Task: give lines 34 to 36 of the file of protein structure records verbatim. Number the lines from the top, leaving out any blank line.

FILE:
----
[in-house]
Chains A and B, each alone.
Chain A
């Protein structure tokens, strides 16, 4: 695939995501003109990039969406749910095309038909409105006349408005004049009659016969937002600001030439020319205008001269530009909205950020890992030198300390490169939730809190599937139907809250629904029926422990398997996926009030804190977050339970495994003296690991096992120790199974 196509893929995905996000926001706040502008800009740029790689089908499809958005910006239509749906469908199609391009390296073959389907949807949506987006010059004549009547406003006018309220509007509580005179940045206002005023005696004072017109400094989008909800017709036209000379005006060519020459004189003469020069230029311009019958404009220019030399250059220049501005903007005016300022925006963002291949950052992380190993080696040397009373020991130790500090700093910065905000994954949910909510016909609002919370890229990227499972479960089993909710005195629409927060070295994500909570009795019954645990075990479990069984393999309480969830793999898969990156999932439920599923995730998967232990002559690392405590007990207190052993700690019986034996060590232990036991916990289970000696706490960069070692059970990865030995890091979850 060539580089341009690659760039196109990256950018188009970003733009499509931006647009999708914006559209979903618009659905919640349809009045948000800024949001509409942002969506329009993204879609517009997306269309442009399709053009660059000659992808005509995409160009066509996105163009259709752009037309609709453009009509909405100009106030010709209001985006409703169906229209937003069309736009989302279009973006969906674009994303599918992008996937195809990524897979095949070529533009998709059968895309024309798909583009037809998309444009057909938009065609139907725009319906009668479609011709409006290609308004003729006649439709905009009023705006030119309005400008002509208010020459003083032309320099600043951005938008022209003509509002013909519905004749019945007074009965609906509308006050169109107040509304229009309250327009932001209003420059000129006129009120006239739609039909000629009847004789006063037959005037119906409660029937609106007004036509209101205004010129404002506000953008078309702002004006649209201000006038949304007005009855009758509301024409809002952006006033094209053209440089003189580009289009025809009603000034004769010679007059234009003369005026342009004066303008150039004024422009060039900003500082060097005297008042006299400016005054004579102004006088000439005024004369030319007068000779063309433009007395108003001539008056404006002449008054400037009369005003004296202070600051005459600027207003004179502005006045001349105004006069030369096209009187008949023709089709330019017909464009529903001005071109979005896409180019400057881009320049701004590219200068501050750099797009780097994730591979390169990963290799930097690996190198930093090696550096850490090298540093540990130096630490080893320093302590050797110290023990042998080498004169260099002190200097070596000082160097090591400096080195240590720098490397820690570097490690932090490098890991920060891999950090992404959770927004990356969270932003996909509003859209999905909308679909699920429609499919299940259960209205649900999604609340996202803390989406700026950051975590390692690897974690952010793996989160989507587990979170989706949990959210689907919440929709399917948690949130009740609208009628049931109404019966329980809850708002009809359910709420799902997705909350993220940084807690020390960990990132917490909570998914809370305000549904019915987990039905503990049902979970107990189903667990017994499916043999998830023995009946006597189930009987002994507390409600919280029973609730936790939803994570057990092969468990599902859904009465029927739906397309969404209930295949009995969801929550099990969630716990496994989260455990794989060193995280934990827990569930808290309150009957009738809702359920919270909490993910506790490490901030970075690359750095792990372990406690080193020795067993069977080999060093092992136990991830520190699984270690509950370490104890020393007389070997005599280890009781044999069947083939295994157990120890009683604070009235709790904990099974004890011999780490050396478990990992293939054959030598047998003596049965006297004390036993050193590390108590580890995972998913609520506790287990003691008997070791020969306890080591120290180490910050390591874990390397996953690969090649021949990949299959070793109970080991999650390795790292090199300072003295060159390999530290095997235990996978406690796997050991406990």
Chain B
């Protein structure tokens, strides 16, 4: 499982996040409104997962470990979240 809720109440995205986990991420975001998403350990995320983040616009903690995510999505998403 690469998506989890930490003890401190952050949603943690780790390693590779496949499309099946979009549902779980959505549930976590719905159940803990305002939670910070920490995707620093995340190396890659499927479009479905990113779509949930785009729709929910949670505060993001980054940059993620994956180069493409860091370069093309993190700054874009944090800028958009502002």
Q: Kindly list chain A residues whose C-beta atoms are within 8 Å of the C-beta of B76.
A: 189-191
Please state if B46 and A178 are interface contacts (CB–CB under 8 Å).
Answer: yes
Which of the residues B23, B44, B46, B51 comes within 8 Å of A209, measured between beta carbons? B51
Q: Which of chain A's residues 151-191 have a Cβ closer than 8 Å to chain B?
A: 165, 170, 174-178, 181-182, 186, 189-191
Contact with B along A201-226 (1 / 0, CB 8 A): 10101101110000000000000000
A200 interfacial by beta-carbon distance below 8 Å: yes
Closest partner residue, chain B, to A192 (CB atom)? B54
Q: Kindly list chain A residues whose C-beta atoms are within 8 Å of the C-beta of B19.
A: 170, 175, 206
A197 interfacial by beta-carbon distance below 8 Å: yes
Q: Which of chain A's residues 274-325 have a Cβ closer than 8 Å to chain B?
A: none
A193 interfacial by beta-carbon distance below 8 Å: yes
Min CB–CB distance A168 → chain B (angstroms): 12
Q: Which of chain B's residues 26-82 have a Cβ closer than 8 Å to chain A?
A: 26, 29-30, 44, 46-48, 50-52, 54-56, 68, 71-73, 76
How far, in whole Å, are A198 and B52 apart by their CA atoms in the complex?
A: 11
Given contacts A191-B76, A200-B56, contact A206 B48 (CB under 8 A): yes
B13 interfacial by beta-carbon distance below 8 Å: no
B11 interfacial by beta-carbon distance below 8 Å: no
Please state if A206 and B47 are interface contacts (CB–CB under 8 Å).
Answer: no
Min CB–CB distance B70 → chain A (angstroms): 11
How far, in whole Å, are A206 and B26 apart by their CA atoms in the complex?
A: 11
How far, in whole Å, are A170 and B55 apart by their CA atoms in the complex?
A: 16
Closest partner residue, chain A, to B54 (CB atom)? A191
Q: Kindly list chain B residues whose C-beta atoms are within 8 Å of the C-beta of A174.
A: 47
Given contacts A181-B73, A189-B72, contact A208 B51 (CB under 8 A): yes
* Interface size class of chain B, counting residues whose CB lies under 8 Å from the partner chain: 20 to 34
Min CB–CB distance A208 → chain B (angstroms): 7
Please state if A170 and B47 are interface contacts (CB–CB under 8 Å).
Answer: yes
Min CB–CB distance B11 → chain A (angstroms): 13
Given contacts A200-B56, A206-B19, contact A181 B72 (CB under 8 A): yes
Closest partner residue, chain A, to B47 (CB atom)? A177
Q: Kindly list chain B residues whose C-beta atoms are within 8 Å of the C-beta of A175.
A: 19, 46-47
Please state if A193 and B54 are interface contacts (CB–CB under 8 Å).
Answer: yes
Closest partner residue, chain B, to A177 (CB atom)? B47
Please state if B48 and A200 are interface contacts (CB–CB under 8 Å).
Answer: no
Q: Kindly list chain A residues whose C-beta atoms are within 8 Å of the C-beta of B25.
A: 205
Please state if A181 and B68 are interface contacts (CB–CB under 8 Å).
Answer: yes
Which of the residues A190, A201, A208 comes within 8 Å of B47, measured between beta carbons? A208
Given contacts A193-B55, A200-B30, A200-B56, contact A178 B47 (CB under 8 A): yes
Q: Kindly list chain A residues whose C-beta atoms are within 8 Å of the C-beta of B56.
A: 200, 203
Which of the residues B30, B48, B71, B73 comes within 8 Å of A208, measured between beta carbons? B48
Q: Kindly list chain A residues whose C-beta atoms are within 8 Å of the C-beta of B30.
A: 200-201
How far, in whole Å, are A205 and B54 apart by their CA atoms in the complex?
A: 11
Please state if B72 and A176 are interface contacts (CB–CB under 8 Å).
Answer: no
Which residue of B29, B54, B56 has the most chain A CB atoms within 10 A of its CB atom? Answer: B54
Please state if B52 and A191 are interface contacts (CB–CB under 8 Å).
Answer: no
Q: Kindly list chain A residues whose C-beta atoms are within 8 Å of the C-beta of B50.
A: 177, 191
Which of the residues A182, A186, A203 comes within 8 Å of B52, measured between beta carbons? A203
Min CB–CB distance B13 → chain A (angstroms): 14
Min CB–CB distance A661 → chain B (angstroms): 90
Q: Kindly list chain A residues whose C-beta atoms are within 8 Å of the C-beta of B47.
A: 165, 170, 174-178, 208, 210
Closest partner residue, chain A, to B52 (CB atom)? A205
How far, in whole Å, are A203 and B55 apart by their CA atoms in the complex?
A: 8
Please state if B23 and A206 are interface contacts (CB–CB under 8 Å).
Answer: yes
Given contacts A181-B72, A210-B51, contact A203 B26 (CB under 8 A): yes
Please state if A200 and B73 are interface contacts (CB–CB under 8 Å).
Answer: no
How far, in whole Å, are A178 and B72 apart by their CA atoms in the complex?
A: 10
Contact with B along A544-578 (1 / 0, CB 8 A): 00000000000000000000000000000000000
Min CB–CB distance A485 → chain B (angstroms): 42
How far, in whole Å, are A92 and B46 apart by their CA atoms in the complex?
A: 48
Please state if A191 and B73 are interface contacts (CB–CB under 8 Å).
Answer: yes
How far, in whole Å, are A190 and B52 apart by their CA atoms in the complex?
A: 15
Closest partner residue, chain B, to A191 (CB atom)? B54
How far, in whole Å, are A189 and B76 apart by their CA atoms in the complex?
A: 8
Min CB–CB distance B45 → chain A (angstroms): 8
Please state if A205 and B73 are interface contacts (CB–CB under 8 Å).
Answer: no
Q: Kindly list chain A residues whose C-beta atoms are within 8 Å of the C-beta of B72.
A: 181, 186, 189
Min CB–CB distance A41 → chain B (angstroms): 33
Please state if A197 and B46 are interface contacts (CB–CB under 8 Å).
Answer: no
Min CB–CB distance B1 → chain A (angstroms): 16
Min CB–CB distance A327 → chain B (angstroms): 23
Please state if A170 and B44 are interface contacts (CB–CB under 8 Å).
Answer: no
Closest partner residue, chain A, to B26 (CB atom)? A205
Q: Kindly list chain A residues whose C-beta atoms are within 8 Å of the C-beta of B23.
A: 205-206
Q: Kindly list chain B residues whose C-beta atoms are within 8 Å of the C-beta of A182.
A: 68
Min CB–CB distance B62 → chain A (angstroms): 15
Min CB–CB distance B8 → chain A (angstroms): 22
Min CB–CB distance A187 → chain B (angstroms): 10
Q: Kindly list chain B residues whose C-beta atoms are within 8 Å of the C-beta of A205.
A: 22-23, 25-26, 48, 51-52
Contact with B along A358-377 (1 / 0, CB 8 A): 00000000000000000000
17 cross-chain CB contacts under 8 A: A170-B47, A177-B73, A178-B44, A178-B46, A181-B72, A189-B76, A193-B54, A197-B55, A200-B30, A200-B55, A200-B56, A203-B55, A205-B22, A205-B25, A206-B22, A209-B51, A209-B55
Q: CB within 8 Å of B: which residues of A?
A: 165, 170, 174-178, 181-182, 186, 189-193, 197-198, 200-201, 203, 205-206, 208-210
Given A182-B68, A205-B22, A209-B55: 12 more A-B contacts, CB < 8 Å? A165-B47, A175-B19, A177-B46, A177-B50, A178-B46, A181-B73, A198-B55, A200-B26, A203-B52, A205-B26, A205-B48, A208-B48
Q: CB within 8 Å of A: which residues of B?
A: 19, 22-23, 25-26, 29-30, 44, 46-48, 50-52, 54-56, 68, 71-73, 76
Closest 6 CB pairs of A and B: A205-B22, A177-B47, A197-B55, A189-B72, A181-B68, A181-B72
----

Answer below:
How far, in whole Å, are A206 and B26 apart by their CA atoms in the complex?
A: 11
How far, in whole Å, are A170 and B55 apart by their CA atoms in the complex?